Common Cues in Vascular and Axon Guidance

Guido Serini, Federico Bussolino


Blood vessels and nerves are structured in architecturally similar organ systems and show functional relationships. Indeed, vascular and neuronal cells are guided in their journey throughout the body by the same attractive and repulsive factors that respectively activate and inhibit the function of integrin-adhesive receptors.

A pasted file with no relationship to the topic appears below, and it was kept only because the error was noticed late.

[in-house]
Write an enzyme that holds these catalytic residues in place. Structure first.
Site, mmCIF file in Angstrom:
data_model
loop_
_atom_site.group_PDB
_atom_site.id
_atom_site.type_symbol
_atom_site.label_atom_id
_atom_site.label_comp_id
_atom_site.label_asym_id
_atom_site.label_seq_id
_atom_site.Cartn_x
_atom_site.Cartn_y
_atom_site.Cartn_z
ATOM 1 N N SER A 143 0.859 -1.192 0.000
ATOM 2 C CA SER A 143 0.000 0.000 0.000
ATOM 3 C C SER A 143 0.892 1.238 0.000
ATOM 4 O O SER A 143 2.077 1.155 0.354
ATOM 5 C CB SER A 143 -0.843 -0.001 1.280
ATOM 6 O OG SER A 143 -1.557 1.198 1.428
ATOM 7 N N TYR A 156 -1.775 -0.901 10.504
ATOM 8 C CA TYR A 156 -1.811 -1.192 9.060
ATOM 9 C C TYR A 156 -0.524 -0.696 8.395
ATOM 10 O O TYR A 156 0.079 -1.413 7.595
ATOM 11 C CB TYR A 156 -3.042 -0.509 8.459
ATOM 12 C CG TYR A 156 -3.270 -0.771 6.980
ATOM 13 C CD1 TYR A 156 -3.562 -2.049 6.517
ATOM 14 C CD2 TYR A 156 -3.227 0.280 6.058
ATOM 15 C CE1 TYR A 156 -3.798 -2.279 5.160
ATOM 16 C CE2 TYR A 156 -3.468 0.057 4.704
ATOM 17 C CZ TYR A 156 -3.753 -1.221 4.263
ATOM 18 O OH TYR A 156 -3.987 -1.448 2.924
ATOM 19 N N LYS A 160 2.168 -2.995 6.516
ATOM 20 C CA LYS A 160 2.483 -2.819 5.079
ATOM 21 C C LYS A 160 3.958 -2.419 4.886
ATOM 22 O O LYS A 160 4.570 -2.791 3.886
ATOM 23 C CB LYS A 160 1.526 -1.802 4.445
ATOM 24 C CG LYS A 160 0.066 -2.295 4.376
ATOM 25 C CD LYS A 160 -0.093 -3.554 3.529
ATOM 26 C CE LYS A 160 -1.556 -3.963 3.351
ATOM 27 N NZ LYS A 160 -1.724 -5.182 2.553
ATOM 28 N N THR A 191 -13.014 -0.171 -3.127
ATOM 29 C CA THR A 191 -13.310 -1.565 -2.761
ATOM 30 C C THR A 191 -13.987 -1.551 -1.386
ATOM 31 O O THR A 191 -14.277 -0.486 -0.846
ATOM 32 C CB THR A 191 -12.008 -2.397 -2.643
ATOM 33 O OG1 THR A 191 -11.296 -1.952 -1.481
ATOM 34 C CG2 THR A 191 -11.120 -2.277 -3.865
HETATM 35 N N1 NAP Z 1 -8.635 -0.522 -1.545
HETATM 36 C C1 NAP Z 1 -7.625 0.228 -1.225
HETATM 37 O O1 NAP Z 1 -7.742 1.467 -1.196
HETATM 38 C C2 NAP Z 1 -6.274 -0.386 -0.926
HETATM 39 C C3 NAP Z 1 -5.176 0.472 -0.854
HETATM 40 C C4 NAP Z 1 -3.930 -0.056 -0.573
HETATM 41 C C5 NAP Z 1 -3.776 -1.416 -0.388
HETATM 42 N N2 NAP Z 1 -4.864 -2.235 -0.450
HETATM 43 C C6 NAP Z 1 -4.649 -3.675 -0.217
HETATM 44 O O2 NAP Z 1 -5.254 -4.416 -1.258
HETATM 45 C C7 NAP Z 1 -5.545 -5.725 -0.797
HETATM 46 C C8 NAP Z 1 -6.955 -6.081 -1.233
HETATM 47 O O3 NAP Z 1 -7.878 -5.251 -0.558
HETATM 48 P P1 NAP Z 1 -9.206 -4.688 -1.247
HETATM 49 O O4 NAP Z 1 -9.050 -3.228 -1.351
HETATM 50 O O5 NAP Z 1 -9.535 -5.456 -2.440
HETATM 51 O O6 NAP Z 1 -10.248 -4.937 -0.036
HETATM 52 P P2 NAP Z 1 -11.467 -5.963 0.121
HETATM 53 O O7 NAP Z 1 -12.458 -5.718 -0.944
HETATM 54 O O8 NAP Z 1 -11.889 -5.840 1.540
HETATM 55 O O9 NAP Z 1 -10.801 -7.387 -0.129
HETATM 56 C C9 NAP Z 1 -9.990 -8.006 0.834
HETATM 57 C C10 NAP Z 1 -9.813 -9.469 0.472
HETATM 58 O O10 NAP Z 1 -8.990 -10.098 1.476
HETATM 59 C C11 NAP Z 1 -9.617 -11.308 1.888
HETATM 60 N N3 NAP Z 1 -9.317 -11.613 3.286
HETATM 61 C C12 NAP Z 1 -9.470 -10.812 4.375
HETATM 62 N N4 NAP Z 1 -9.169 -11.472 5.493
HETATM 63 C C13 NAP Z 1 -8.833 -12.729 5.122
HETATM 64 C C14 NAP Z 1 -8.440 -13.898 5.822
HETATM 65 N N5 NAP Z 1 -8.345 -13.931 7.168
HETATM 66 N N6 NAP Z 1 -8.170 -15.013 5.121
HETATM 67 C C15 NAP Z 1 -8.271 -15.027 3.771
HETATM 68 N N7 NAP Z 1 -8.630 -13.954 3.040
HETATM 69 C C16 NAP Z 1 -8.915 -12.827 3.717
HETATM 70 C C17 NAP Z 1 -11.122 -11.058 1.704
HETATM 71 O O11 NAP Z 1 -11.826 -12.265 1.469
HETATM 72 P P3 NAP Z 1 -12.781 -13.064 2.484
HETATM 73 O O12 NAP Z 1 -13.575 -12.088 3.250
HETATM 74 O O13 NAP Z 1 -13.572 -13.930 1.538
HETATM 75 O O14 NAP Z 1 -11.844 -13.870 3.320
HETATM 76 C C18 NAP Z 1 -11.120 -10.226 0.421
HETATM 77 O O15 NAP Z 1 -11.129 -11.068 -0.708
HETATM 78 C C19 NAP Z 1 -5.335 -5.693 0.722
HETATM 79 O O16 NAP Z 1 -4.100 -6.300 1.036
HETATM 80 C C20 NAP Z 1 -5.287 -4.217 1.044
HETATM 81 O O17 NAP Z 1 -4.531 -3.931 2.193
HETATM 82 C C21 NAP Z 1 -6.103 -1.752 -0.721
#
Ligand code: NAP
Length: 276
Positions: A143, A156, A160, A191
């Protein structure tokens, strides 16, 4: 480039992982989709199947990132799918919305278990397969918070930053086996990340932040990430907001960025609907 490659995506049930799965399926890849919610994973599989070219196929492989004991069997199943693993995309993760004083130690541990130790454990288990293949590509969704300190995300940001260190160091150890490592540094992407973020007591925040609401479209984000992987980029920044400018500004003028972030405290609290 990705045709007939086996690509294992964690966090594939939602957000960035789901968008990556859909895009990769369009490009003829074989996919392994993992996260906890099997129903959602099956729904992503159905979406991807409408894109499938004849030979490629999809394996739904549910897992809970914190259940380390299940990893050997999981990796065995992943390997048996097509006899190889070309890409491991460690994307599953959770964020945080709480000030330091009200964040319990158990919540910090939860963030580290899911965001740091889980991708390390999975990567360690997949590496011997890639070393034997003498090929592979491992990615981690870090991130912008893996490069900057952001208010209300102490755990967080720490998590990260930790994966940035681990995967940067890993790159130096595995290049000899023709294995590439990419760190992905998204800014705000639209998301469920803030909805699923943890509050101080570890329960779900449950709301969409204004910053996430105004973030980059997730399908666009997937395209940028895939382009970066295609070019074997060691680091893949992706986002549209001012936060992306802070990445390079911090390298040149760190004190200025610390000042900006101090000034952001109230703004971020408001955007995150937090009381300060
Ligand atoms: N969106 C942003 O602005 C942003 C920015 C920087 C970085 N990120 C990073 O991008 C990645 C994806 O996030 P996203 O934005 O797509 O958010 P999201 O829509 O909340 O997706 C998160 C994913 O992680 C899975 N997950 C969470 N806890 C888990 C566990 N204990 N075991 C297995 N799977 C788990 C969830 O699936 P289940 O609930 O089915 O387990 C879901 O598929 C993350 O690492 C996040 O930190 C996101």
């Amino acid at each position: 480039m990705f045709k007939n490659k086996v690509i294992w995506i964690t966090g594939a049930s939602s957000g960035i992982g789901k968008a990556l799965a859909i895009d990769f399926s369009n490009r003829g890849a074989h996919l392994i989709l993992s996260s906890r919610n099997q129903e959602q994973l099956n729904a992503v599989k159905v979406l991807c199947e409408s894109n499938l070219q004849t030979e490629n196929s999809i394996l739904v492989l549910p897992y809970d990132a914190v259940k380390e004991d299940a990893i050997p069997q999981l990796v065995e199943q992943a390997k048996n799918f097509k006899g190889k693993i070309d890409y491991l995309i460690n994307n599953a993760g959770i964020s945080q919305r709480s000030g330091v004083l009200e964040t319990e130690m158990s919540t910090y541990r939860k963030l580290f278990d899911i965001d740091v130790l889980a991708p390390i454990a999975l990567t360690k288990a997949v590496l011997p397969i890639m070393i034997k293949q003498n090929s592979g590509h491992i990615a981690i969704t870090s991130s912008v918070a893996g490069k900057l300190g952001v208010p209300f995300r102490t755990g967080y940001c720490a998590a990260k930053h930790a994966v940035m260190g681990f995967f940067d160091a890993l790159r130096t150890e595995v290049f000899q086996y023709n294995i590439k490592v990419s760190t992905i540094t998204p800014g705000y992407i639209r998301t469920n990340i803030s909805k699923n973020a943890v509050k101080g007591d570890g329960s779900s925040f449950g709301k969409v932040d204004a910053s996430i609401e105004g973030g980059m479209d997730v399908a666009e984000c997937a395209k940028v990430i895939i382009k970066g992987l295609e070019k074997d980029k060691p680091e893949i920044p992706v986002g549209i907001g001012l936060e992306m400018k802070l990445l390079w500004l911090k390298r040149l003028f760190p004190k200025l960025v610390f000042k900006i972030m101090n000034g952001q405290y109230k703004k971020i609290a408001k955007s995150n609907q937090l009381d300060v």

The execution of complex functions by the many different tissues and organs of vertebrates is supported and regulated by the activity of two anatomic structures, namely blood vessels and nerves (29). Whereas blood streaming through the vascular system ensures provision of required nutrients and removal of toxic waste products, the nervous system directly controls and coordinates the execution of tissue and organ tasks by conveying biochemical and electrical signals. Albeit functionally distinct, these two organ systems are architecturally similar, being structured into ramifying, highly pervasive, and hierarchically ordered networks. Moreover, both systems are operatively bidirectional: the vascular network is organized in arterial and venous blood vessels and the peripheral nervous system (PNS) comprises effector and sensory pathways. Furthermore, in the adult body neurovascular bundles are sites of close physical interaction between blood vessels and peripheral nerves (47). Together, these morphological parallels and relationships would suggest some interdependence (e.g., need for oxygen and nutrients by nerves) and/or responsiveness to the same guidance cue(s) by the two systems during development, when vascular endothelial cells (ECs), neurons, and neuronal processes have to migrate over long distances through a complex embryonic terrain to reach their appropriate destinations.